Fifty thousand medical procedures are performed every day in the United States with a medical isotope produced in foreign countries. Responding to the shutdown of the main reactor supplying this isotope, and because of concerns about the U.S. export of weapons-grade highly enriched uranium (HEU) used in its production, the House of Representatives voted 400-17 to pass a bill encouraging the production of molybdenum-99 in the United States.
Rep. Edward Markey (D-MA) authored this bill, H.R. 3276. Markey’s Subcommittee on Energy and the Environment held a hearing on this legislation, the American Medical Isotopes Production Act of 2009, in September. Witnesses described the difficulties stemming from the dramatic reduction in the supply of this isotope, concerns about use of reactors using HEU for the production of Mo-99, and their support of the bill. H.R. 3276 would authorize, from FY 2011 through FY 2014, the expenditure of $163 million for the establishment of a program at the Department of Energy to support industry and universities in the domestic production of this isotope using low enriched uranium (LEU).
The bill was considered on the House floor on November 5. Markey described the medical benefits of H.R 3276 as follows:
“The bipartisan bill authorizes $163 million for the Department of Energy to evaluate and support projects in the private sector or at universities to develop domestic sources of the most critical medical isotopes. This is necessary because we currently face a daunting supply shortage caused by technical problems at the aging foreign reactors upon which we are presently reliant. With a robust and reliable domestic production capacity, the 50,000 daily procedures which normally occur in this country, including for cancer scans and bone and brain imaging, will be secure.”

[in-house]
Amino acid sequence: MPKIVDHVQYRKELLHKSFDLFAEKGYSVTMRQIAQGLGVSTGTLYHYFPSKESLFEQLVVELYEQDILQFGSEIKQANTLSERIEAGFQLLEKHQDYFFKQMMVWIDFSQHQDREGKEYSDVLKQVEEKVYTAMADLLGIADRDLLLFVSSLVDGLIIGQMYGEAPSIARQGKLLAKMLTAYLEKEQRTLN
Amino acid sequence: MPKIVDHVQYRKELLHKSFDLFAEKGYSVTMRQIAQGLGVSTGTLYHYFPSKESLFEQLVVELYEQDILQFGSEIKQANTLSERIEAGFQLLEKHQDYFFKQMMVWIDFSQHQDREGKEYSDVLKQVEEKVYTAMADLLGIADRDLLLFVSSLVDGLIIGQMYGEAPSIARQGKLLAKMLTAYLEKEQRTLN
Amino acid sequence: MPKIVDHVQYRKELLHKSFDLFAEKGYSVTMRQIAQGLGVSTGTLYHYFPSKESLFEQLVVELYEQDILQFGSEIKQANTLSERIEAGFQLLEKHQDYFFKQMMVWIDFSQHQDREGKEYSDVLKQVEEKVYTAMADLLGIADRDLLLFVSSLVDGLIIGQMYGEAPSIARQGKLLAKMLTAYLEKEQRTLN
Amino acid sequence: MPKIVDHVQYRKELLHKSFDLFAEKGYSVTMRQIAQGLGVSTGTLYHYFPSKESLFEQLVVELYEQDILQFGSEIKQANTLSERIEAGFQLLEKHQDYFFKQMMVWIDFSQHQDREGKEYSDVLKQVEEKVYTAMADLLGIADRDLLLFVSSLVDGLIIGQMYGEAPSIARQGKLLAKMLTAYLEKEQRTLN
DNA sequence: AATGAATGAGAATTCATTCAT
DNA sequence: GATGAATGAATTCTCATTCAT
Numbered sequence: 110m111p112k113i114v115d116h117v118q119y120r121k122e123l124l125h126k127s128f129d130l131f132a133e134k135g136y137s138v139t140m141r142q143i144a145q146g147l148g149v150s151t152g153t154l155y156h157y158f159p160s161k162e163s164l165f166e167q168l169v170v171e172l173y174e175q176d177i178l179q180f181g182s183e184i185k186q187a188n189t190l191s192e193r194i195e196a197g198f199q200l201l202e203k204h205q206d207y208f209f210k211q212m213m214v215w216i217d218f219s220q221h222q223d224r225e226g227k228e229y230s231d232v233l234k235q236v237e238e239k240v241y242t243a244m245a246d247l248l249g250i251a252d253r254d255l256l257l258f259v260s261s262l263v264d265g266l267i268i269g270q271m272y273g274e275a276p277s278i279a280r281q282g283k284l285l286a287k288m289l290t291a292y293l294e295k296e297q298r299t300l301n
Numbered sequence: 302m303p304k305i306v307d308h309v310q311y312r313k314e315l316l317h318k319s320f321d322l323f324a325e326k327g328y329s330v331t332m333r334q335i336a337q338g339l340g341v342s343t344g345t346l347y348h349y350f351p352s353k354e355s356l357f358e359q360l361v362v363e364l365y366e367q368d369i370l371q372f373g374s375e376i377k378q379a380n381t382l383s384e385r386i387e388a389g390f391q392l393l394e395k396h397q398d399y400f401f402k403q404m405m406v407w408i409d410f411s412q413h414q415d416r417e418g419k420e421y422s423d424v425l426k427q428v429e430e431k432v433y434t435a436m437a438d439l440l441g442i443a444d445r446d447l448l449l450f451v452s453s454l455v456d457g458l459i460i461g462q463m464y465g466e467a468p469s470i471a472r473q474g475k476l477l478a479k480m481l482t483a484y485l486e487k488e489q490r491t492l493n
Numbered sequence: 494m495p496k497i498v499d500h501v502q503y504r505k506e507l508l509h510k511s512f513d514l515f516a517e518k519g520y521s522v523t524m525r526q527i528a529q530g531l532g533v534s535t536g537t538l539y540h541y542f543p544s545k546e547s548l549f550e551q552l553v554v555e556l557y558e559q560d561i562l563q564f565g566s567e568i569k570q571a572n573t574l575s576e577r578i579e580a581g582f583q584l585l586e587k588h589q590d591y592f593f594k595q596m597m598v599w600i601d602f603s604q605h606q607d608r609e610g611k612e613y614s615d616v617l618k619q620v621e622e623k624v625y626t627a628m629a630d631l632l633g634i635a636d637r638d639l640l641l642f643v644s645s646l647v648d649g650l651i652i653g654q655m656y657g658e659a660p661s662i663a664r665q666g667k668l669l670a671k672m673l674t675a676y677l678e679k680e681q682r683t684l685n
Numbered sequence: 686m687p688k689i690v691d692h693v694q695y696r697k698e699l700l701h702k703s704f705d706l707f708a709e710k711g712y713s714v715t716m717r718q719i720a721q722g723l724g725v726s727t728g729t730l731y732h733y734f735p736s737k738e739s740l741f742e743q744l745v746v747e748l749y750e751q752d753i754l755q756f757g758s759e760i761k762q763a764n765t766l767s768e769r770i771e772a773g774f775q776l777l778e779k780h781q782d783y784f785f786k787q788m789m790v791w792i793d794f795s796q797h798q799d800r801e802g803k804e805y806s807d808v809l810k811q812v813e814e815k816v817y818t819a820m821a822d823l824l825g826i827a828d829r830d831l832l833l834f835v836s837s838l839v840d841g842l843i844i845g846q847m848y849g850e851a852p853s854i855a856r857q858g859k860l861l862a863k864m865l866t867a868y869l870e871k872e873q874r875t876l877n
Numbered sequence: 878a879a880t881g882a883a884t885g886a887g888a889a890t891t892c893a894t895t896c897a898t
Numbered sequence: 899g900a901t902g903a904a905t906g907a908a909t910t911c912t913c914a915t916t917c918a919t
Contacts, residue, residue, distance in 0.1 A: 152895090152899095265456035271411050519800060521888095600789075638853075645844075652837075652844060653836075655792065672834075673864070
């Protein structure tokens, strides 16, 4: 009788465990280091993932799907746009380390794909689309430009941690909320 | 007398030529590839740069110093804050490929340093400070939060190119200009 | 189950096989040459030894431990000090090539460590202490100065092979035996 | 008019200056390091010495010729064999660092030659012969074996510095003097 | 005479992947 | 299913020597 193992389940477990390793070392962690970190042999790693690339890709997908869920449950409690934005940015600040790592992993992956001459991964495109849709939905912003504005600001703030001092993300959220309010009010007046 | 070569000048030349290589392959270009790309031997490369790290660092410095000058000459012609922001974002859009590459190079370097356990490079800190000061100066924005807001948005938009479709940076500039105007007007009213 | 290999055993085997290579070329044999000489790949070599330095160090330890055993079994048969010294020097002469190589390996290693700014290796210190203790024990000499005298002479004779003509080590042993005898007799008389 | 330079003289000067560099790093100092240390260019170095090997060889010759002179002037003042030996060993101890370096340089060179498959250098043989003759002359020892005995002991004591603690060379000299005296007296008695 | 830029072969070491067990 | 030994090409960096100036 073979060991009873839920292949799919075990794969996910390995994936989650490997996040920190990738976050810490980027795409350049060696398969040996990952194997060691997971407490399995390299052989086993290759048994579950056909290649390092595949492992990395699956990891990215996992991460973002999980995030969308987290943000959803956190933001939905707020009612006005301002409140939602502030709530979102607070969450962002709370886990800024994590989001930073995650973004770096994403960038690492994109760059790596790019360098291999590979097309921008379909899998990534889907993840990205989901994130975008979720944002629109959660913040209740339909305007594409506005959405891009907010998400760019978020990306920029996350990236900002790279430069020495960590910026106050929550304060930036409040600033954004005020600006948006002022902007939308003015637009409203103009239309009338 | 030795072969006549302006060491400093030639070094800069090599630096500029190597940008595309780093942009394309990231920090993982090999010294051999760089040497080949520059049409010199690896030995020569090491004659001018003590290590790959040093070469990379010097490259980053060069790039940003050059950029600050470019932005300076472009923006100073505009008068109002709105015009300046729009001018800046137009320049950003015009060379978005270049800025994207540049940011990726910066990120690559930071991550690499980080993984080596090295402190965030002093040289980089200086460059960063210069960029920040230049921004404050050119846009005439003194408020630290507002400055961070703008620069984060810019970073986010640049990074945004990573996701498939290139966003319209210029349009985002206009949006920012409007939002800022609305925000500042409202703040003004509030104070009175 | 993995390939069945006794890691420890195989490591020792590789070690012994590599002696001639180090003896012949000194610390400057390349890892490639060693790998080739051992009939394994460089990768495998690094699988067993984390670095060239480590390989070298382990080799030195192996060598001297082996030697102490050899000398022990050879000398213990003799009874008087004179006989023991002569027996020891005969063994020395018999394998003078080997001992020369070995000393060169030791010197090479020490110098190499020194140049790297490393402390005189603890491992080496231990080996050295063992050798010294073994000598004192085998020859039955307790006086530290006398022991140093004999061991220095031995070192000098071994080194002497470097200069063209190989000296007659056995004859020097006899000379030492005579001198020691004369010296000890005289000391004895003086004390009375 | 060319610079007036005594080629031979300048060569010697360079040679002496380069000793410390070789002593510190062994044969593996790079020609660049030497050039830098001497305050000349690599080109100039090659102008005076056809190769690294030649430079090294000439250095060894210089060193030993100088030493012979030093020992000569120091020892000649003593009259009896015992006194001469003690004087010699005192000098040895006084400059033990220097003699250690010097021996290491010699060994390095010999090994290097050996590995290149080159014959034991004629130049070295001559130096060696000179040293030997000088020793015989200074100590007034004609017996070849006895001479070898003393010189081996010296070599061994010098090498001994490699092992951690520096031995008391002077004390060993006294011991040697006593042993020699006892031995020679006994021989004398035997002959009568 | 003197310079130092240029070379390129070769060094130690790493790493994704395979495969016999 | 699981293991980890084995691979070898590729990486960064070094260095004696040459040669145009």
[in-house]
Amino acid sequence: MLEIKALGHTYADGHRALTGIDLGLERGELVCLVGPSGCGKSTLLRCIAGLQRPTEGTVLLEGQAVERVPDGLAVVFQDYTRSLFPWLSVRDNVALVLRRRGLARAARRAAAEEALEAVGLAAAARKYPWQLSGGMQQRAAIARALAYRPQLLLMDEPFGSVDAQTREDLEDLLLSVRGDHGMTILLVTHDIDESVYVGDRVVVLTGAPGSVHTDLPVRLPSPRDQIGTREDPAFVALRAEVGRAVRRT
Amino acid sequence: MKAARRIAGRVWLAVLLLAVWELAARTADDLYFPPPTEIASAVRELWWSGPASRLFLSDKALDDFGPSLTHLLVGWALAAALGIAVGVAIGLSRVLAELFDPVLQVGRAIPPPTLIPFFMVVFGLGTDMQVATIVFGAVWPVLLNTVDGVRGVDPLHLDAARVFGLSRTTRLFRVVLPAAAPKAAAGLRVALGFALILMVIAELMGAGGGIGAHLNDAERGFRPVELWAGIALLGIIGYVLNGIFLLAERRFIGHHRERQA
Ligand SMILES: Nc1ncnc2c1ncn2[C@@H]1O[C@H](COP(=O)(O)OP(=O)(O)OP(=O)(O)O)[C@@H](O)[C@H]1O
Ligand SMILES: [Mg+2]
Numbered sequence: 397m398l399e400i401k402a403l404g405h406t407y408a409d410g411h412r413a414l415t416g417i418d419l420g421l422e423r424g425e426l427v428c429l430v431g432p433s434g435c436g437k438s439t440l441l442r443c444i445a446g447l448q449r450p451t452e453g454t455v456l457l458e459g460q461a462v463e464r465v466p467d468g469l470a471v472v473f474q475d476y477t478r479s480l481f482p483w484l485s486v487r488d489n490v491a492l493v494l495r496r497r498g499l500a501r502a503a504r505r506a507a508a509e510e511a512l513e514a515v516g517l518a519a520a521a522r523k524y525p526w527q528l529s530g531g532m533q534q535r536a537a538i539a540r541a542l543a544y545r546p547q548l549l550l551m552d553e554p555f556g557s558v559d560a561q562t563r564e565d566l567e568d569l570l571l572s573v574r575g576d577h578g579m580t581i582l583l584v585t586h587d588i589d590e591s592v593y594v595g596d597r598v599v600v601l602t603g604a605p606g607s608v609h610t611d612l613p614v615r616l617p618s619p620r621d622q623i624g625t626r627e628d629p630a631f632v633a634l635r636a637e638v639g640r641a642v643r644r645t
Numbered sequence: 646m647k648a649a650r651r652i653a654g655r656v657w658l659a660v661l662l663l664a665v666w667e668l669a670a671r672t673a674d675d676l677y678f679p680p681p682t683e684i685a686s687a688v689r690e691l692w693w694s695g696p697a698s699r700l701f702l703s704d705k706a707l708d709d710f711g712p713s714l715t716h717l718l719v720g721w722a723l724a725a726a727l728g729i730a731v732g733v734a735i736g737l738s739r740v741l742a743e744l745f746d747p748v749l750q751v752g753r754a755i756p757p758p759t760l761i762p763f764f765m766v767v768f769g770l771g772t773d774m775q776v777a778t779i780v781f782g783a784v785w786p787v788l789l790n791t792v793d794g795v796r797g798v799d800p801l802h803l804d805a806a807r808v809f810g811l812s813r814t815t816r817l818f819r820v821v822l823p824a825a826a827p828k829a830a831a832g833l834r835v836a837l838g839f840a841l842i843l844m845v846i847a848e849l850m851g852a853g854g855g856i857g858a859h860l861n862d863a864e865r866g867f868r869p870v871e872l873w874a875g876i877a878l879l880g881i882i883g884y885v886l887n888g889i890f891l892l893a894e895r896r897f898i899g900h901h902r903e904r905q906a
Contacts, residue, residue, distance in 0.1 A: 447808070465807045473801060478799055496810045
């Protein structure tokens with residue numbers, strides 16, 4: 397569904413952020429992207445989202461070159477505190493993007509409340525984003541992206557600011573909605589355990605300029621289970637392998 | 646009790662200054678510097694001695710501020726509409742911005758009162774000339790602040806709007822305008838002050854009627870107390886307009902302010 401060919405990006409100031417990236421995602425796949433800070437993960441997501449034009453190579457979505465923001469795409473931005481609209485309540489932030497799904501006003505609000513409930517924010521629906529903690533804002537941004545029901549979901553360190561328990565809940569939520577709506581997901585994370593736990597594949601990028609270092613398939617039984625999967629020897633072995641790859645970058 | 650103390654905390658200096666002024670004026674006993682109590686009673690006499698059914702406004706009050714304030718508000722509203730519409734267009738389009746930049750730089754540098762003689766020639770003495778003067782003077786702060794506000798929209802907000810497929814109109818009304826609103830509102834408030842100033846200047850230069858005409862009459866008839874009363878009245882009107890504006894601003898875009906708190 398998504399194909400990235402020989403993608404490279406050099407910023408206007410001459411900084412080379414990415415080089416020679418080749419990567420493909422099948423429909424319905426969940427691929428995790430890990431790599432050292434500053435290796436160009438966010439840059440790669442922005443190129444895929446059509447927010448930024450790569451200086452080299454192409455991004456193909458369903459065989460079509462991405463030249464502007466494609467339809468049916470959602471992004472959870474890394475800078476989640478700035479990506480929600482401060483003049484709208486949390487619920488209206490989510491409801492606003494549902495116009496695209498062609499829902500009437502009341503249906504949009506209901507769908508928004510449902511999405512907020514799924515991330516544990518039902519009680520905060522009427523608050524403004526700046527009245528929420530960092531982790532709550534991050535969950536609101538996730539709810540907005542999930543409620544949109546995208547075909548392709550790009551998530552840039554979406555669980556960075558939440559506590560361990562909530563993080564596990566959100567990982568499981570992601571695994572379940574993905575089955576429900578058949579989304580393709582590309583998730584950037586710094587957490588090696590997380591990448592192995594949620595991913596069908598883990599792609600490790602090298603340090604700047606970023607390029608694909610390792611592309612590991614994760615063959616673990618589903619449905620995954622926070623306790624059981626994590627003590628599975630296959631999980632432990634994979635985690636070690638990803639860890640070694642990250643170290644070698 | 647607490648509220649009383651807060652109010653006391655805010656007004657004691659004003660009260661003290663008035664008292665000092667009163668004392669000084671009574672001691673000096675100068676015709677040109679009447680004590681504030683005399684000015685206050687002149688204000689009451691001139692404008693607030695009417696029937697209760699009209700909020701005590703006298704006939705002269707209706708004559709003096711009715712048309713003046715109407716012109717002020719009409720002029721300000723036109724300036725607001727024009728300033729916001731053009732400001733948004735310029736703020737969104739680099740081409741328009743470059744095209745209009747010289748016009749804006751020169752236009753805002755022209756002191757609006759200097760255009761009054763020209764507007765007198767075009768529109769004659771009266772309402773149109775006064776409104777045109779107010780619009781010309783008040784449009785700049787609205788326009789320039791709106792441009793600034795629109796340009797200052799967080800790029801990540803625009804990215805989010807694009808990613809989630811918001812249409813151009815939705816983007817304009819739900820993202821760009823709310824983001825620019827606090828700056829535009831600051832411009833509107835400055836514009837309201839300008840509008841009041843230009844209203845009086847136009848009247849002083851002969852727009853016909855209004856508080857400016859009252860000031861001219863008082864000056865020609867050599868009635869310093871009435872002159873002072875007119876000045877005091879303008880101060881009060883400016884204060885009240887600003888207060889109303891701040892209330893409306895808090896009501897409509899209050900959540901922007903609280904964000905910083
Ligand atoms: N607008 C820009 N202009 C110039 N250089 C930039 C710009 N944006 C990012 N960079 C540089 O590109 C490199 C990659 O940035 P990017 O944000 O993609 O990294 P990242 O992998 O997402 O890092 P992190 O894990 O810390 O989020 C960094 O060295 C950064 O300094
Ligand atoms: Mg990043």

Markey then outlined the national security implications of the legislation:
“The nuclear nonproliferation benefits of this bill are significant and they are timely. Shockingly, the United States still allows for nuclear weapons-grade highly enriched uranium to be exported to other countries for medical isotope production. This 1950s-era policy simply does not work in a post-9/11 world. It is dangerous, unnecessary, and it must come to an end. We simply cannot afford to have additional nuclear weapons materials in circulation when we know that terrorists would like nothing more than to steal or buy such dangerous materials.”
Joining Markey in supporting the bill was cosponsor Rep. Fred Upton (R-MI), the subcommittee’s Ranking Republican Member:
“So what this bill does, it will help insure a reliable supply of the most critical isotopes that are produced here in the U.S. Today, with the passage of this bill, we are a step closer to ensuring the tens of thousands of Americans who seek diagnosis and treatment every day promptly receive the care that they need. Literally, the clock is ticking, and the well-being of countless folks continues to hang in the balance. I would note that there is a good laundry list of organizations that support this legislation, among them: American Association of Physicists in Medicine; American College of Radiology; American College of Cardiology; as well as the American Society of Nuclear Cardiology. We don't want to deny Americans this long-practiced medical procedure which we know produces early diagnosis of a good number of diseases, and we can save countless American lives.”